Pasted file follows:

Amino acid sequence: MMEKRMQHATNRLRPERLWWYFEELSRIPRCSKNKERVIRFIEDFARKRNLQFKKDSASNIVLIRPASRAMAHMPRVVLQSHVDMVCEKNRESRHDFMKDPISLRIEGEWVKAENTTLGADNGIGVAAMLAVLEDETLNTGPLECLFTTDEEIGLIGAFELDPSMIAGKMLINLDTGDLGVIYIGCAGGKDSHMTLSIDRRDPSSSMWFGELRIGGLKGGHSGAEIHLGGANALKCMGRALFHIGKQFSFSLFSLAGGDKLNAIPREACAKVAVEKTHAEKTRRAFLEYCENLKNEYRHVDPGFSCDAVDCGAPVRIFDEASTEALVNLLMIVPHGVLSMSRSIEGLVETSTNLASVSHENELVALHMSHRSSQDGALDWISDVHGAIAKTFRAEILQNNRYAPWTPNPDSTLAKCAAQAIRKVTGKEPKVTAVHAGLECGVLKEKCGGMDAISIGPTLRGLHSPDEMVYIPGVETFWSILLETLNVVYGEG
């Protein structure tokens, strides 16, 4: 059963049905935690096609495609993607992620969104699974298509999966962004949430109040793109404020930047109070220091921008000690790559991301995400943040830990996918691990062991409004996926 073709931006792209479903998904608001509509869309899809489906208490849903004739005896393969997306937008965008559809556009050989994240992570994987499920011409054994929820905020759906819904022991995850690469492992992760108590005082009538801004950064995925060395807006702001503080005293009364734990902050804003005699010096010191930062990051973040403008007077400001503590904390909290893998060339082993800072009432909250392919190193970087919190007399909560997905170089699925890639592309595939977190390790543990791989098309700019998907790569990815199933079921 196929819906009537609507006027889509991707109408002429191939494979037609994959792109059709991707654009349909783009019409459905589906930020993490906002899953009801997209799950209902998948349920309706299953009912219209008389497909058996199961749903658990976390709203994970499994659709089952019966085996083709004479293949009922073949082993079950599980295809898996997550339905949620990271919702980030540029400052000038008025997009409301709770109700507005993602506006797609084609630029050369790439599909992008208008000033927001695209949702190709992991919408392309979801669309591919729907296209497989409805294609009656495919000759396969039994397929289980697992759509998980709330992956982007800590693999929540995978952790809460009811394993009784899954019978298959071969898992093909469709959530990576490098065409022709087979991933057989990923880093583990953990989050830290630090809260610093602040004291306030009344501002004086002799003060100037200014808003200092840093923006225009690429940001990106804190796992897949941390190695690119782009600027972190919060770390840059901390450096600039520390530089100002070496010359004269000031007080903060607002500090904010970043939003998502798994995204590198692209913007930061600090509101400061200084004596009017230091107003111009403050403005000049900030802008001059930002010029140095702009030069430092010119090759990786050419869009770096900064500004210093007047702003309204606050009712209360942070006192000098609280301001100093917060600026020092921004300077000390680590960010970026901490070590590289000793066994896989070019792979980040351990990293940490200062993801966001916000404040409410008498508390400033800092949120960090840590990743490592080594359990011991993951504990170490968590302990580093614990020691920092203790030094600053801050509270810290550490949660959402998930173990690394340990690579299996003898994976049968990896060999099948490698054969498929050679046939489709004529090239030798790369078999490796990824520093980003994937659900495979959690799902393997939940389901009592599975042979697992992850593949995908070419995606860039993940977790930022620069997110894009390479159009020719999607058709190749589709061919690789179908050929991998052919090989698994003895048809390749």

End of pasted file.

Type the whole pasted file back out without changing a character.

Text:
Amino acid sequence: MMEKRMQHATNRLRPERLWWYFEELSRIPRCSKNKERVIRFIEDFARKRNLQFKKDSASNIVLIRPASRAMAHMPRVVLQSHVDMVCEKNRESRHDFMKDPISLRIEGEWVKAENTTLGADNGIGVAAMLAVLEDETLNTGPLECLFTTDEEIGLIGAFELDPSMIAGKMLINLDTGDLGVIYIGCAGGKDSHMTLSIDRRDPSSSMWFGELRIGGLKGGHSGAEIHLGGANALKCMGRALFHIGKQFSFSLFSLAGGDKLNAIPREACAKVAVEKTHAEKTRRAFLEYCENLKNEYRHVDPGFSCDAVDCGAPVRIFDEASTEALVNLLMIVPHGVLSMSRSIEGLVETSTNLASVSHENELVALHMSHRSSQDGALDWISDVHGAIAKTFRAEILQNNRYAPWTPNPDSTLAKCAAQAIRKVTGKEPKVTAVHAGLECGVLKEKCGGMDAISIGPTLRGLHSPDEMVYIPGVETFWSILLETLNVVYGEG
């Protein structure tokens, strides 16, 4: 059963049905935690096609495609993607992620969104699974298509999966962004949430109040793109404020930047109070220091921008000690790559991301995400943040830990996918691990062991409004996926 073709931006792209479903998904608001509509869309899809489906208490849903004739005896393969997306937008965008559809556009050989994240992570994987499920011409054994929820905020759906819904022991995850690469492992992760108590005082009538801004950064995925060395807006702001503080005293009364734990902050804003005699010096010191930062990051973040403008007077400001503590904390909290893998060339082993800072009432909250392919190193970087919190007399909560997905170089699925890639592309595939977190390790543990791989098309700019998907790569990815199933079921 196929819906009537609507006027889509991707109408002429191939494979037609994959792109059709991707654009349909783009019409459905589906930020993490906002899953009801997209799950209902998948349920309706299953009912219209008389497909058996199961749903658990976390709203994970499994659709089952019966085996083709004479293949009922073949082993079950599980295809898996997550339905949620990271919702980030540029400052000038008025997009409301709770109700507005993602506006797609084609630029050369790439599909992008208008000033927001695209949702190709992991919408392309979801669309591919729907296209497989409805294609009656495919000759396969039994397929289980697992759509998980709330992956982007800590693999929540995978952790809460009811394993009784899954019978298959071969898992093909469709959530990576490098065409022709087979991933057989990923880093583990953990989050830290630090809260610093602040004291306030009344501002004086002799003060100037200014808003200092840093923006225009690429940001990106804190796992897949941390190695690119782009600027972190919060770390840059901390450096600039520390530089100002070496010359004269000031007080903060607002500090904010970043939003998502798994995204590198692209913007930061600090509101400061200084004596009017230091107003111009403050403005000049900030802008001059930002010029140095702009030069430092010119090759990786050419869009770096900064500004210093007047702003309204606050009712209360942070006192000098609280301001100093917060600026020092921004300077000390680590960010970026901490070590590289000793066994896989070019792979980040351990990293940490200062993801966001916000404040409410008498508390400033800092949120960090840590990743490592080594359990011991993951504990170490968590302990580093614990020691920092203790030094600053801050509270810290550490949660959402998930173990690394340990690579299996003898994976049968990896060999099948490698054969498929050679046939489709004529090239030798790369078999490796990824520093980003994937659900495979959690799902393997939940389901009592599975042979697992992850593949995908070419995606860039993940977790930022620069997110894009390479159009020719999607058709190749589709061919690789179908050929991998052919090989698994003895048809390749």